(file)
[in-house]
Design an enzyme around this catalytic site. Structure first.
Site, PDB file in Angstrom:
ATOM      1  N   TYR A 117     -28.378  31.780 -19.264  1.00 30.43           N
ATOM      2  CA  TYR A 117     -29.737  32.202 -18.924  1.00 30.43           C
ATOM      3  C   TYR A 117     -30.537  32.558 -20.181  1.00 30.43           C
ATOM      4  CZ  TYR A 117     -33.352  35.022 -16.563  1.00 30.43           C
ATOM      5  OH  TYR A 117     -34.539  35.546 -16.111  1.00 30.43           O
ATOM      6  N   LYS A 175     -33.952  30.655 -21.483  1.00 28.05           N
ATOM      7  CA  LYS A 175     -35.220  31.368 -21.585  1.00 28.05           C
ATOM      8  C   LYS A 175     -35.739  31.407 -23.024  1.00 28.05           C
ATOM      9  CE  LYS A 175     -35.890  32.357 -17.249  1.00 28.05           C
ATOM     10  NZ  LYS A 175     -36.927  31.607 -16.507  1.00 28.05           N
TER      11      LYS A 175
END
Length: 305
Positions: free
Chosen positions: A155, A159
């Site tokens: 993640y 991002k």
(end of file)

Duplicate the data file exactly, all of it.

[in-house]
Design an enzyme around this catalytic site. Structure first.
Site, PDB file in Angstrom:
ATOM      1  N   TYR A 117     -28.378  31.780 -19.264  1.00 30.43           N
ATOM      2  CA  TYR A 117     -29.737  32.202 -18.924  1.00 30.43           C
ATOM      3  C   TYR A 117     -30.537  32.558 -20.181  1.00 30.43           C
ATOM      4  CZ  TYR A 117     -33.352  35.022 -16.563  1.00 30.43           C
ATOM      5  OH  TYR A 117     -34.539  35.546 -16.111  1.00 30.43           O
ATOM      6  N   LYS A 175     -33.952  30.655 -21.483  1.00 28.05           N
ATOM      7  CA  LYS A 175     -35.220  31.368 -21.585  1.00 28.05           C
ATOM      8  C   LYS A 175     -35.739  31.407 -23.024  1.00 28.05           C
ATOM      9  CE  LYS A 175     -35.890  32.357 -17.249  1.00 28.05           C
ATOM     10  NZ  LYS A 175     -36.927  31.607 -16.507  1.00 28.05           N
TER      11      LYS A 175
END
Length: 305
Positions: free
Chosen positions: A155, A159
């Site tokens: 993640y 991002k």